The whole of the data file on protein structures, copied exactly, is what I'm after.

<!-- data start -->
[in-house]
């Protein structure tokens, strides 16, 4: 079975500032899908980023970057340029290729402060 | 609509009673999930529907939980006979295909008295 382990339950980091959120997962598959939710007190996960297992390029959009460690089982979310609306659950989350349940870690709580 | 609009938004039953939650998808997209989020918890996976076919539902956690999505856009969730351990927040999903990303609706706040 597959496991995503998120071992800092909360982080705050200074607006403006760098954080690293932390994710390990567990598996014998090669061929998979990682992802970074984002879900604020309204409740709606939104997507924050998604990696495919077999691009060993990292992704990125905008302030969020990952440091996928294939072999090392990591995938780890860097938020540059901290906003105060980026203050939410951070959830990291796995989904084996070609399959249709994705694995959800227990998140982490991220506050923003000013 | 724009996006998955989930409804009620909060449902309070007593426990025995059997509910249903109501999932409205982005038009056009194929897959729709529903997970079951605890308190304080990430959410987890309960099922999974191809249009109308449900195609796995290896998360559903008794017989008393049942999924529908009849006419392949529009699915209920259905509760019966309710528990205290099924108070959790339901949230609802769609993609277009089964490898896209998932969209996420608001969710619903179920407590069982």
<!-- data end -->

[in-house]
């Protein structure tokens, strides 16, 4: 079975500032899908980023970057340029290729402060 | 609509009673999930529907939980006979295909008295 382990339950980091959120997962598959939710007190996960297992390029959009460690089982979310609306659950989350349940870690709580 | 609009938004039953939650998808997209989020918890996976076919539902956690999505856009969730351990927040999903990303609706706040 597959496991995503998120071992800092909360982080705050200074607006403006760098954080690293932390994710390990567990598996014998090669061929998979990682992802970074984002879900604020309204409740709606939104997507924050998604990696495919077999691009060993990292992704990125905008302030969020990952440091996928294939072999090392990591995938780890860097938020540059901290906003105060980026203050939410951070959830990291796995989904084996070609399959249709994705694995959800227990998140982490991220506050923003000013 | 724009996006998955989930409804009620909060449902309070007593426990025995059997509910249903109501999932409205982005038009056009194929897959729709529903997970079951605890308190304080990430959410987890309960099922999974191809249009109308449900195609796995290896998360559903008794017989008393049942999924529908009849006419392949529009699915209920259905509760019966309710528990205290099924108070959790339901949230609802769609993609277009089964490898896209998932969209996420608001969710619903179920407590069982």